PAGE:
Other Danish restaurants that follow the New Nordic Cuisine are Geranium, Restaurant AOC, and Radio. Geranium (set menu: 2,500 DKK) has a very dynamic style and its chef Rasmus Kofoed, considered one of the world’s best chefs, tries to involve all the senses in the restaurant’s dishes. Radio (set menu: around 400 DKK) was established by the famous chef Claus Meyer. All ingredients are organic, Danish, and contribute to an extraordinary taste experience.
Traditional with a twist
The Standard is a Michelin awarded restaurant situated right next to the main Copenhagen canal. In Almanak (set menu: 1,195 DKK) you can eat ”food that a grandmother would have made if she had known what we know today”, or you can have a taste experience like never before in Studio (set menu: 1,300 DKK), with dishes that represent Danish nature.
One of the most well-known pastries is a “Danish”. What is surprising however, is that a “Danish” is not Danish! The Danes call it Wienerbrød because it actually originates from Vienna. The danish came to Denmark in 1850 during a bakers’ strike. Bakery owners had to hire bakers from abroad, especially Austrian bakers, who started making Wienerbrød. The Danes liked it so much that they started asking for it even after the strike and the recipe was adjusted to the Danish liking.
Lagkagehuset is a pastry house, with locations all around town, where you can find many pastries, bread, cakes and desserts if you are hungry while walking around Copenhagen! Lagkagehuset is also located at our walking tour start point - try it out!
Lakrids (liquorice) is relished by the Danes! It comes salty, sour, sweet, fruity, chili or chocolate coated. So many different flavors! The best lakrids you can find is at Lakrids by Johan Bülow (from around 80 DKK).
Of course, Danish cuisine is not only about fancy restaurants. The Danes also love their street food. There are hot-dog stands (Pølsevogne) all over the centre of Copenhagen. On Amagertorv 31 there is an organic hot-dog stand called DØP (Den Økologiske Pølsemand) (30-50 DKK). It was established in 2009 by Claus Christiansen; all bread and sausage recipes are his own, and his hotdogs are said to be the best in town! In Denmark there is an obsession with sausages (pølser in Danish), maybe even as much as in Germany. Rød-pølse (red sausage) is one of the local favorites and you can find it at any hotdog stand.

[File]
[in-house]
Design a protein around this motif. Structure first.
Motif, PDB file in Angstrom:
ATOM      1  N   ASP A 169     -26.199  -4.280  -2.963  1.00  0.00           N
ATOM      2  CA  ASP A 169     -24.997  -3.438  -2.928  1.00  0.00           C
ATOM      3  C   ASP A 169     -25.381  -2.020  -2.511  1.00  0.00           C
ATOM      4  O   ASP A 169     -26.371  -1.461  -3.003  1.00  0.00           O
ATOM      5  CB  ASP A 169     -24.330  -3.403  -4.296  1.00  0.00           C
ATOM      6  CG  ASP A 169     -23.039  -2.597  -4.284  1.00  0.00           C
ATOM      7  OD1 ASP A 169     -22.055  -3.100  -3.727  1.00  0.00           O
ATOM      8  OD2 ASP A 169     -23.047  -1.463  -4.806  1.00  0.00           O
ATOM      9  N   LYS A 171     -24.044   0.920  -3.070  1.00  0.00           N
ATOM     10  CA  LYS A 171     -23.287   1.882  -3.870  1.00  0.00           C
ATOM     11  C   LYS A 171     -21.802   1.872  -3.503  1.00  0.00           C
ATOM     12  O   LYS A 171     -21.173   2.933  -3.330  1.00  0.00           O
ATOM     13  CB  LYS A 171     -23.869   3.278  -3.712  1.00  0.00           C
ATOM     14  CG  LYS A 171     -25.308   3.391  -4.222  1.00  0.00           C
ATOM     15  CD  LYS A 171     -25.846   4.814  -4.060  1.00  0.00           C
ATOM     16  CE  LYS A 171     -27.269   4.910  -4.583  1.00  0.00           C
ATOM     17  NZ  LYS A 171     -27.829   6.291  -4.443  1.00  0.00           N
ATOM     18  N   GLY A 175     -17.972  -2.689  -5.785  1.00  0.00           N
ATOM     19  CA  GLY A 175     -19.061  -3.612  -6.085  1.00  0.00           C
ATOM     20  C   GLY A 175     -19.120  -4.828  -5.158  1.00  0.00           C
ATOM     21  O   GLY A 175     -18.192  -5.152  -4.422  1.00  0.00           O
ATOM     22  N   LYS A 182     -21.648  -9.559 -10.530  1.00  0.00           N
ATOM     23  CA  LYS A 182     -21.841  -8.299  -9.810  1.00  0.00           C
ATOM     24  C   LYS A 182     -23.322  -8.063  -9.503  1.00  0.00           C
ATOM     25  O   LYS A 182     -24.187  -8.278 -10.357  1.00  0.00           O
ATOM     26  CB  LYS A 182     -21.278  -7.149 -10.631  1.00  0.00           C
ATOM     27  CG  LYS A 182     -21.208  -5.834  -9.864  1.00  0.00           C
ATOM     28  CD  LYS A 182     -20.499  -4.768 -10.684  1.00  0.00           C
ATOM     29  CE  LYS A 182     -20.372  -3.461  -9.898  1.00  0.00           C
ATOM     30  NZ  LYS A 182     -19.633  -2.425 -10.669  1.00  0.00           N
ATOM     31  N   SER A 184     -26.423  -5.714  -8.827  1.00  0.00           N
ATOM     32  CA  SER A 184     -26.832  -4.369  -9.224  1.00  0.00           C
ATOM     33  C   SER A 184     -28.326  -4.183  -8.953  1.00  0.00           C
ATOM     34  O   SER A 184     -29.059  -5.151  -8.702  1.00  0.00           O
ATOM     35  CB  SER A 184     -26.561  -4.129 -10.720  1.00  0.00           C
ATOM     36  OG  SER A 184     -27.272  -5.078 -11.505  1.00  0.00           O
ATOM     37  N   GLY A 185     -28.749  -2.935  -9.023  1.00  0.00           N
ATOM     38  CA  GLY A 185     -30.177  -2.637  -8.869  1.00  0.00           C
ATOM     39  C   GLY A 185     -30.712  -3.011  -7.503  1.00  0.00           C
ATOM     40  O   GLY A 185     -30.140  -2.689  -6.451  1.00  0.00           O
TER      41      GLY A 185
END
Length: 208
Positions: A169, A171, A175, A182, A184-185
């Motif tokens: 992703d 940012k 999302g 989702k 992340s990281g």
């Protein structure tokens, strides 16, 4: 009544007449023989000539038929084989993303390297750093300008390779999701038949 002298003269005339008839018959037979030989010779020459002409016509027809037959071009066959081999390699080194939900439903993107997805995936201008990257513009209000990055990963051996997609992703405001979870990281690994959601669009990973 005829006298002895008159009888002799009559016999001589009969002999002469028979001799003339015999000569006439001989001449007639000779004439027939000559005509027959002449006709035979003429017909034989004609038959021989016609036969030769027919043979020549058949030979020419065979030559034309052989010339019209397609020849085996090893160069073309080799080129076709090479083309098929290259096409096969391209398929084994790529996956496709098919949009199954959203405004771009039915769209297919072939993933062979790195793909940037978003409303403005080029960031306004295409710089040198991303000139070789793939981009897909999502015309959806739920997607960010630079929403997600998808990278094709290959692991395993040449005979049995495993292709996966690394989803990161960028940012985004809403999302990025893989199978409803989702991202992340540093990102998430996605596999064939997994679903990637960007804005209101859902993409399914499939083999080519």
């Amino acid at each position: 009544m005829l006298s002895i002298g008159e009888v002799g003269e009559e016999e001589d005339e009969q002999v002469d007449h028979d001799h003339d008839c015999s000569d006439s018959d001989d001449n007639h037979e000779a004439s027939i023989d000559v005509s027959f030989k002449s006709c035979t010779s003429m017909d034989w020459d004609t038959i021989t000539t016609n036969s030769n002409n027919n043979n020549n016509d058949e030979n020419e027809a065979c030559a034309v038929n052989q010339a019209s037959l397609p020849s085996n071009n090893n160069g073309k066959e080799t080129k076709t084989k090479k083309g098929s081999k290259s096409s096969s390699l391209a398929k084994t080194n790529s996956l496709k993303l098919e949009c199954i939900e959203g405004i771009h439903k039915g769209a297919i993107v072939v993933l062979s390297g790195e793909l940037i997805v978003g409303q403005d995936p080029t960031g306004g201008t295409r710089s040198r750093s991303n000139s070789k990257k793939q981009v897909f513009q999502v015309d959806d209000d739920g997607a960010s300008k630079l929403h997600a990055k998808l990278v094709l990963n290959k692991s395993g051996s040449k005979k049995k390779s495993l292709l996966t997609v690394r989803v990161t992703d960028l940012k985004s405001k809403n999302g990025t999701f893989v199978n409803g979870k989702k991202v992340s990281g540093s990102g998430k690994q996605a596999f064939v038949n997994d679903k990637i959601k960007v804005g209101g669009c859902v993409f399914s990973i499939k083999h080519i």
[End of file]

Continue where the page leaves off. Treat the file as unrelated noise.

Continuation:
There are also many food halls in Copenhagen. A popular and very central one is Torvehallerne. There you can find stands with traditional Danish food such as Smørrebrød, but also different cuisines from other countries. Another food market, which opened in 2017, is Tivoli Food Hall – a great way to enjoy lunch in Copenhagen from all over the world and have fun in one of the oldest amusement parks in the world!
If you prefer a more rough setting you should check out Reffen Street Food market.
Danes like to have a drink during their meals. Usually, and especially during celebrations, they have “snaps”. In Denmark Akvavit (in Latin this means water of life, how ironic…) is always used for “snaps” and is considered the national drink. Don’t forget to “Skål!” (cheers) whenever you drink “snaps”!
Denmark also has a long history of beer brewing. It has Carlsberg (probably) the best beer in the world, Tuborg (which is beloved, especially for its annual Christmas beer), and many microbreweries that are growing in number and strength. A great place to try some beers would be Brus or BrewPub, which also has a restaurant and a great courtyard to enjoy a beer during the sunny summer days in Copenhagen!
The Danes have made food an experience and a pleasure for the senses. If you are wondering what to eat in Copenhagen and you are a foodie you shouldn’t miss visiting at least one of the places listed above or trying some of our traditional Danish food suggestions. You won’t be disappointed!
Copenhagen is one of the most bike friendly cities in the world. This is understandable as the city is super flat, making biking very easy. Copenhagen is also covered with around 350 km of designated bike lanes, which are raised from the road and are very safe to ride on.
Even though Copenhageners love to complain about the weather, that doesn’t stop them from riding their bikes every day, no matter how bad the weather is (below zero, rain, snow, and wind). Copenhageners just love their bikes!